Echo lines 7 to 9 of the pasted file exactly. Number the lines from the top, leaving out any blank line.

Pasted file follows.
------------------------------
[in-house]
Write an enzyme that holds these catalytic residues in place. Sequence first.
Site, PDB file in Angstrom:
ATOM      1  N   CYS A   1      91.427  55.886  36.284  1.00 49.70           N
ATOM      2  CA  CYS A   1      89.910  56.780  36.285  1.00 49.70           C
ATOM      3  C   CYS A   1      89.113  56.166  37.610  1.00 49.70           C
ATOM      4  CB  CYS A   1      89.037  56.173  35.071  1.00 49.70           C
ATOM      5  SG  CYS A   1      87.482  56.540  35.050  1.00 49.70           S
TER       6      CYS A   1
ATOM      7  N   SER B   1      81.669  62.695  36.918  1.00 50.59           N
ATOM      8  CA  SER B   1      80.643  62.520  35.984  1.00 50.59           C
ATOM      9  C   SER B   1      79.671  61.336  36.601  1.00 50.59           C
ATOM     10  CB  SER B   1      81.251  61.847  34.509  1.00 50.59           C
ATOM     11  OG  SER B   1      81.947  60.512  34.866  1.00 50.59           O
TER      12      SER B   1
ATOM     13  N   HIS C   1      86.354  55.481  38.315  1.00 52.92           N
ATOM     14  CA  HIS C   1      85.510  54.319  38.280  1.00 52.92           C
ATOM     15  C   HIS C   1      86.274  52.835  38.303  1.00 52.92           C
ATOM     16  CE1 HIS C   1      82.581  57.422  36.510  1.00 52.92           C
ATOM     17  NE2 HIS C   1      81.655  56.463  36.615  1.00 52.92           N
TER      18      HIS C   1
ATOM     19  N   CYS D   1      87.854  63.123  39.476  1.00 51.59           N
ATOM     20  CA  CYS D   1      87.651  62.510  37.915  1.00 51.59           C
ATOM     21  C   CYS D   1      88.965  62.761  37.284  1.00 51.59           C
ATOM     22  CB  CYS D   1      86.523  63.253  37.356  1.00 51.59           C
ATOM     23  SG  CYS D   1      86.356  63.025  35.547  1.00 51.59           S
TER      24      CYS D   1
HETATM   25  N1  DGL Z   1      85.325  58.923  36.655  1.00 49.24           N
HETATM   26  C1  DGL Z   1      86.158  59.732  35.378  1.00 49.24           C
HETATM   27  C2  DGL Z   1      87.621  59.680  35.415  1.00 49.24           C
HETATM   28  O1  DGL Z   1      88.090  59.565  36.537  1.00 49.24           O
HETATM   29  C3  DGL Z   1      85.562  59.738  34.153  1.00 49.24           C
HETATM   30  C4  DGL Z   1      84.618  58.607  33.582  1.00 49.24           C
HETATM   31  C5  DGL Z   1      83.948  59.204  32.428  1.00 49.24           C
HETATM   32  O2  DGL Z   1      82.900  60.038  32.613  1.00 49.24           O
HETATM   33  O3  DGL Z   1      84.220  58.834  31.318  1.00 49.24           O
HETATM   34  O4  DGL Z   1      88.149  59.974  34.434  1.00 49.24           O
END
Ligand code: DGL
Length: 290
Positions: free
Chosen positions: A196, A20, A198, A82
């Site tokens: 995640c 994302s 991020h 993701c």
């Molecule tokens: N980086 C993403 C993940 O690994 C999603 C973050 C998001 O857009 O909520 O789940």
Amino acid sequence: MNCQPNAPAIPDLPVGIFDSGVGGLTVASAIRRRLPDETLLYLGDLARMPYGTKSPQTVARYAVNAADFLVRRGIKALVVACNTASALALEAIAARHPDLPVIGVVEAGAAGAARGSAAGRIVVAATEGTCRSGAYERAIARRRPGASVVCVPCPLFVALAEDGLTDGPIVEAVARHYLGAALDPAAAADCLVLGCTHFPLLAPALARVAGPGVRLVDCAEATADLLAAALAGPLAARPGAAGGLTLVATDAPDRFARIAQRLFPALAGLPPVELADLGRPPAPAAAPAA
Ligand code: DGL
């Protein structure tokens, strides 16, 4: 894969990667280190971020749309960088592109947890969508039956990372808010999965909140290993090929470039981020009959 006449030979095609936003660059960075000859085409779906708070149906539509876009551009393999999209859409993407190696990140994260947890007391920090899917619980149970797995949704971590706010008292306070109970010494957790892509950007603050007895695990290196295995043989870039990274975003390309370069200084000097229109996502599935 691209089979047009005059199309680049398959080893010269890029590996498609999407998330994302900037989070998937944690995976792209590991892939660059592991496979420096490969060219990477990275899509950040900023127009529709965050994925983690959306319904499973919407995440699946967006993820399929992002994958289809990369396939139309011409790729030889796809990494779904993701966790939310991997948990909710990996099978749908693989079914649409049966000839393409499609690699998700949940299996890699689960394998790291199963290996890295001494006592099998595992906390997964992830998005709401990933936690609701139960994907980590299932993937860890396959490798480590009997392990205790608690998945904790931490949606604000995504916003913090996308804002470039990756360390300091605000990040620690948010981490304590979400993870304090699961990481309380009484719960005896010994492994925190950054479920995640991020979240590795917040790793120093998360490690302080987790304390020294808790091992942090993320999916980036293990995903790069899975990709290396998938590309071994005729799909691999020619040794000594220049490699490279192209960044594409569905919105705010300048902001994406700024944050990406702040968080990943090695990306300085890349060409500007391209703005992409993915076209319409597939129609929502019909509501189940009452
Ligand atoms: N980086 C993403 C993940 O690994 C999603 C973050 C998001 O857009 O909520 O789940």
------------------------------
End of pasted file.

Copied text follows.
ATOM      4  CB  CYS A   1      89.037  56.173  35.071  1.00 49.70           C
ATOM      5  SG  CYS A   1      87.482  56.540  35.050  1.00 49.70           S
TER       6      CYS A   1